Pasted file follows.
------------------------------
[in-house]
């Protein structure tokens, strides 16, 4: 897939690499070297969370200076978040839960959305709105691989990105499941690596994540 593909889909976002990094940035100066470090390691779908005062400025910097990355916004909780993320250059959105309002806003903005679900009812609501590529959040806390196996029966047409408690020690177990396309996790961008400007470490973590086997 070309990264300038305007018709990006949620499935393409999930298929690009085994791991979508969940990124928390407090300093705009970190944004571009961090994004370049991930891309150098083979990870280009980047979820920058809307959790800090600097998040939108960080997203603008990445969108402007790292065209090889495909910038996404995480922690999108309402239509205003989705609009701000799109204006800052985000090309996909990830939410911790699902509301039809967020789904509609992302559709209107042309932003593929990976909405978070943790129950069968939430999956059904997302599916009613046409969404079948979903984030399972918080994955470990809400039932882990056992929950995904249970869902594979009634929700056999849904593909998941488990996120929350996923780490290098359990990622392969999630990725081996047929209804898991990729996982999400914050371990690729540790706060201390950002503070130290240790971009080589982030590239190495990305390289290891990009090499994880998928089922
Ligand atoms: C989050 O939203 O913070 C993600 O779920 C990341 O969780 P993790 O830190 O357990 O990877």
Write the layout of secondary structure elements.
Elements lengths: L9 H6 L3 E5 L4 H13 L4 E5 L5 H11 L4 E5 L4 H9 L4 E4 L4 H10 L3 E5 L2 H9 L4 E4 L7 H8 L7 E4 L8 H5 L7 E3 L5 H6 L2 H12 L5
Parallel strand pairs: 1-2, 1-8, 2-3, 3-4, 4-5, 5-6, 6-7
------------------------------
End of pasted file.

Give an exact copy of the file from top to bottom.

[in-house]
């Protein structure tokens, strides 16, 4: 897939690499070297969370200076978040839960959305709105691989990105499941690596994540 593909889909976002990094940035100066470090390691779908005062400025910097990355916004909780993320250059959105309002806003903005679900009812609501590529959040806390196996029966047409408690020690177990396309996790961008400007470490973590086997 070309990264300038305007018709990006949620499935393409999930298929690009085994791991979508969940990124928390407090300093705009970190944004571009961090994004370049991930891309150098083979990870280009980047979820920058809307959790800090600097998040939108960080997203603008990445969108402007790292065209090889495909910038996404995480922690999108309402239509205003989705609009701000799109204006800052985000090309996909990830939410911790699902509301039809967020789904509609992302559709209107042309932003593929990976909405978070943790129950069968939430999956059904997302599916009613046409969404079948979903984030399972918080994955470990809400039932882990056992929950995904249970869902594979009634929700056999849904593909998941488990996120929350996923780490290098359990990622392969999630990725081996047929209804898991990729996982999400914050371990690729540790706060201390950002503070130290240790971009080589982030590239190495990305390289290891990009090499994880998928089922
Ligand atoms: C989050 O939203 O913070 C993600 O779920 C990341 O969780 P993790 O830190 O357990 O990877």
Write the layout of secondary structure elements.
Elements lengths: L9 H6 L3 E5 L4 H13 L4 E5 L5 H11 L4 E5 L4 H9 L4 E4 L4 H10 L3 E5 L2 H9 L4 E4 L7 H8 L7 E4 L8 H5 L7 E3 L5 H6 L2 H12 L5
Parallel strand pairs: 1-2, 1-8, 2-3, 3-4, 4-5, 5-6, 6-7